Also, there are shelters that no one uses. I found that very surprising when I first came here, but you get the picture soon after. There's almost always a plane in the air. It's not always the plane that attacks, but almost all the time, there is an aircraft in the air and it means that it can attack at any time. Which would mean that people would spend most of their time underground or in shelters if they were going to respond to that. So there is this general sort of feeling that people are used to the fighting, used to the attacks, especially the airstrikes.That's really contrasting. I think it means that people are staying put and they're not moving. And that's positive in some way to the Syrian opposition, because there is a strategy to clear this area out and create a dead zone where it's just a military zone, which would make it easier for Russia and the Syrian regime to attack the areas. But it's negative in the sense that, mentally, I feel that people here are very, very, very lost. And there's no sort of trust in the international community whatsoever.No trust in democracy, or human rights… No one believes in that stuff anymore, no one believes in the media. When I'm trying to talk to people here, for example I say to them, "Is ISIS in this and this area?" and they say, "Of course it's not." And I [ask them to] say that to the camera and they say, "No I don't want to speak to the camera." I'd say "Why?" They'd say, "Because they know that ISIS isn't here and they're attacking us and they know that we're being killed and everyone knows that Russia and Syria are just killing civilians and they're not doing anything about it."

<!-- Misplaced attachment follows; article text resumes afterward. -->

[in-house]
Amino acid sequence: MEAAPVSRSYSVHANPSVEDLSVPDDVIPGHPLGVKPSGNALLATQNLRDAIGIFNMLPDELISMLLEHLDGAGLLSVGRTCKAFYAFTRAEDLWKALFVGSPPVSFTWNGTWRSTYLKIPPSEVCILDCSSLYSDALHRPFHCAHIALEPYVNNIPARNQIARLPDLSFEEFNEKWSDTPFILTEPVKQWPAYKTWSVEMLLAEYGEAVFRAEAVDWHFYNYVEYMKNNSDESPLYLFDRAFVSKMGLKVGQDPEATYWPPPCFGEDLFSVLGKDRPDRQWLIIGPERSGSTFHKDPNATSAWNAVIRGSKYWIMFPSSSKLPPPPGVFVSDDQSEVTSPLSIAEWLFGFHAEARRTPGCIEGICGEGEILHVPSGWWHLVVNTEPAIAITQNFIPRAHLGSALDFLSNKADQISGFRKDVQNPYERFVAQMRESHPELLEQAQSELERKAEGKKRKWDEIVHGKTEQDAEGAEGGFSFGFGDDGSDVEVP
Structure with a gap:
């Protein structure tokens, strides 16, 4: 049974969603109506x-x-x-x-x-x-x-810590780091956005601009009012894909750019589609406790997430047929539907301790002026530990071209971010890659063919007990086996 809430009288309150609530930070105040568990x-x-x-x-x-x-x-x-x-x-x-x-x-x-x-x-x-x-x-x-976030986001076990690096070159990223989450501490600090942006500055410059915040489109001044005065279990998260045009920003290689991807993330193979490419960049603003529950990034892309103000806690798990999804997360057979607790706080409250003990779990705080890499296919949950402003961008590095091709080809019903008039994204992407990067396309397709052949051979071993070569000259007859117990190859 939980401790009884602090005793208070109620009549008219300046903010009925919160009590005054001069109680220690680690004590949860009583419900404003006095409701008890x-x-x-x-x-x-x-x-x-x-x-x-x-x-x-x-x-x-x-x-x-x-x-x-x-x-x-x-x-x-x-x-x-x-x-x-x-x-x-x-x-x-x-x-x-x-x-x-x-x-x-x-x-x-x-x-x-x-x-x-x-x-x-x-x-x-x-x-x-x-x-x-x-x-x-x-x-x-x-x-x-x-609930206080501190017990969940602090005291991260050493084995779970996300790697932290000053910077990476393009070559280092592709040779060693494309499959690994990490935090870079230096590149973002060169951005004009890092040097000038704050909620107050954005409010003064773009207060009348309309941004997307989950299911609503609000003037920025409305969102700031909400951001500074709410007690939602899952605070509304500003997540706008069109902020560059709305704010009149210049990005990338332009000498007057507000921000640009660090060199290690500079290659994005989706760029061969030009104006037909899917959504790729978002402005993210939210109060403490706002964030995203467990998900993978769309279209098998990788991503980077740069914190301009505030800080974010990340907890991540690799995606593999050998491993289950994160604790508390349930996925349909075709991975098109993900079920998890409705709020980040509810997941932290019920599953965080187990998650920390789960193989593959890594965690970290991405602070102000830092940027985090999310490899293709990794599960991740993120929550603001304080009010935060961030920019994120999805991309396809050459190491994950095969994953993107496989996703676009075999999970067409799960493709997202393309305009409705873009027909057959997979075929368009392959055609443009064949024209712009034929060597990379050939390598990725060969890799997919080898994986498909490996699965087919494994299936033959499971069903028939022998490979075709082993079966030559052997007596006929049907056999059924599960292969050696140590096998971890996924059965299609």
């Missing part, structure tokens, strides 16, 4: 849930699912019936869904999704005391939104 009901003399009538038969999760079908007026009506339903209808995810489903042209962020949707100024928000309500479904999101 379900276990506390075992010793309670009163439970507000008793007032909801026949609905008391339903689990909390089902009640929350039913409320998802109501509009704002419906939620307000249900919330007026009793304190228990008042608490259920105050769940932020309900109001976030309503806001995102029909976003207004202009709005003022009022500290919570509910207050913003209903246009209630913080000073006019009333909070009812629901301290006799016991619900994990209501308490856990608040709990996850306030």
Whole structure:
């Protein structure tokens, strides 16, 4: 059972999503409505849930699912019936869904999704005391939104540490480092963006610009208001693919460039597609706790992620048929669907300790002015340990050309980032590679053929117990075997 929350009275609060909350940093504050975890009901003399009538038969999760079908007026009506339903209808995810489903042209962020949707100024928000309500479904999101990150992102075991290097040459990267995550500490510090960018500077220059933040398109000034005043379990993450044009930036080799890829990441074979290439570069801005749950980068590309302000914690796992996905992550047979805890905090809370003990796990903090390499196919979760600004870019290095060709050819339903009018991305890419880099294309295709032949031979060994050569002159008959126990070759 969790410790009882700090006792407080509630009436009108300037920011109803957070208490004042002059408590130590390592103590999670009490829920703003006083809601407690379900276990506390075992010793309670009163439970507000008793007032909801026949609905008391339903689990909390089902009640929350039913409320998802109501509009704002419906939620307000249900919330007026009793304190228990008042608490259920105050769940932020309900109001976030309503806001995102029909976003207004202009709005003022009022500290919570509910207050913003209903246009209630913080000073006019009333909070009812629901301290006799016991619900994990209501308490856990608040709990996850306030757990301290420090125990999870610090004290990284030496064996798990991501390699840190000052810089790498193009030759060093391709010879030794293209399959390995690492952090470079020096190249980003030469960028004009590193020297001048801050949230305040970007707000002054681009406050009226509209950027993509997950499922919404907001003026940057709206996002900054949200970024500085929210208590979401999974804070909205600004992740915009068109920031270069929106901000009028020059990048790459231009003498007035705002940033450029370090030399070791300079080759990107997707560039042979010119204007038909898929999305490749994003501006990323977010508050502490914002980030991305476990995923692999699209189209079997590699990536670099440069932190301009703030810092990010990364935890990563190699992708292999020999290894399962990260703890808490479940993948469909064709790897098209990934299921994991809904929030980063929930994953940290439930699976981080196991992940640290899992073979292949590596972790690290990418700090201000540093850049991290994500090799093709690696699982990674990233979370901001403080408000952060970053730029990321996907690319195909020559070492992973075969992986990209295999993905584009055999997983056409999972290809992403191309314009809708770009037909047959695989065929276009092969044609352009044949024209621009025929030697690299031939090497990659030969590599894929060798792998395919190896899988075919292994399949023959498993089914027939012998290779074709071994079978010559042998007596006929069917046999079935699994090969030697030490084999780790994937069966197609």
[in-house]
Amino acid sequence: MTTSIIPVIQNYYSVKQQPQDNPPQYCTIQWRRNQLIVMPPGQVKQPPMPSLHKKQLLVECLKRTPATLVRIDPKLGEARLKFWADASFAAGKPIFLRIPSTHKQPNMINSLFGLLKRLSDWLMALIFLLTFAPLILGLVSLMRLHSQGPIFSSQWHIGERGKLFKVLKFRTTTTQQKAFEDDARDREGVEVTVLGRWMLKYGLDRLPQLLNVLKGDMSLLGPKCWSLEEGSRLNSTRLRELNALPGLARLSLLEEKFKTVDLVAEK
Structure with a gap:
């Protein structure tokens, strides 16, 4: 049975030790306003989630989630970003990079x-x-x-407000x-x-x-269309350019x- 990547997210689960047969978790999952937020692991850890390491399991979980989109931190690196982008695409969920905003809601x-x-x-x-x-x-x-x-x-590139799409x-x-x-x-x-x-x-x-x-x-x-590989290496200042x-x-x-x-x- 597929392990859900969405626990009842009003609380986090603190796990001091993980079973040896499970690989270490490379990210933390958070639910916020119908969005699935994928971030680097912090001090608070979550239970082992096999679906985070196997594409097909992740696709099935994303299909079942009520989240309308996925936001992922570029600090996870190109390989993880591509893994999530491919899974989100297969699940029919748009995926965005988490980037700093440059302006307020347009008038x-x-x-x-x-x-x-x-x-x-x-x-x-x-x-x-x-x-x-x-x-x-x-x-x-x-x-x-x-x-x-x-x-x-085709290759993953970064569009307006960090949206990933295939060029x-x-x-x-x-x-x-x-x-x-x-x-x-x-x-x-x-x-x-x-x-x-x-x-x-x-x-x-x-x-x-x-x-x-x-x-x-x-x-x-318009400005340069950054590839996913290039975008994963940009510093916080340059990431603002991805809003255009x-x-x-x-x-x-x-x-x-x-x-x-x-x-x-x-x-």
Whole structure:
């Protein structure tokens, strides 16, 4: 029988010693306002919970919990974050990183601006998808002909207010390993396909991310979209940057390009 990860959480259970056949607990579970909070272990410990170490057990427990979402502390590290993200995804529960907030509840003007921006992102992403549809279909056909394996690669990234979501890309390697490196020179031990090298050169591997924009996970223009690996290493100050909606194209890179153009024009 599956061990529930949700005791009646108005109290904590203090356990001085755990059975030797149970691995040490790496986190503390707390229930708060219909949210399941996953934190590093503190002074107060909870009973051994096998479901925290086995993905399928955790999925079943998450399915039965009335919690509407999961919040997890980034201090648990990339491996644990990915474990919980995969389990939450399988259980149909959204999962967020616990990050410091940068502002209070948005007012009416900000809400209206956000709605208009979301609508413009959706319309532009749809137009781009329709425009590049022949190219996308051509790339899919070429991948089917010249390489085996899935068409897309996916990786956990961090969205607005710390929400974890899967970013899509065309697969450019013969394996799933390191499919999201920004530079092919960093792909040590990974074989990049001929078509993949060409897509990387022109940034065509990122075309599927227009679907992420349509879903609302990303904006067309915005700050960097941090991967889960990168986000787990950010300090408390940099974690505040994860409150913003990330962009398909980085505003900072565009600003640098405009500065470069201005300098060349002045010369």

You know, I tried to put up the argument that it's not true, that there is a lot of misinformation and that a lot of people don't know, but [people here] don't believe that. And I think they have the right not to believe it because of the amount of information that has been passed out of Syria to the international community. But there is a propaganda that is much stronger that is making it to the front pages.You're in a safe area?
I'm in a safe area. I'm close to the frontline. But they're launching elephant missiles, which are very indiscriminate. They launch it from the other side of the frontline, so they know that it's going to go onto the other side. That's all they know, they don't know where it's going to go. It's a homemade and very inaccurate weapon.And they're launching those right now?
For elephant missiles, we've had up to 100 in one day. Sometimes there's none. Sometimes there's ten. Sometimes there's about 20 at once, they're just really quick. So you hear this roar. Have you heard about elephant missiles?No.
You hear the sound of basically an elephant. You hear this roar and then you count about 20 seconds, and it lands. And it's basically, it's a substitute…There are planes now.Right now?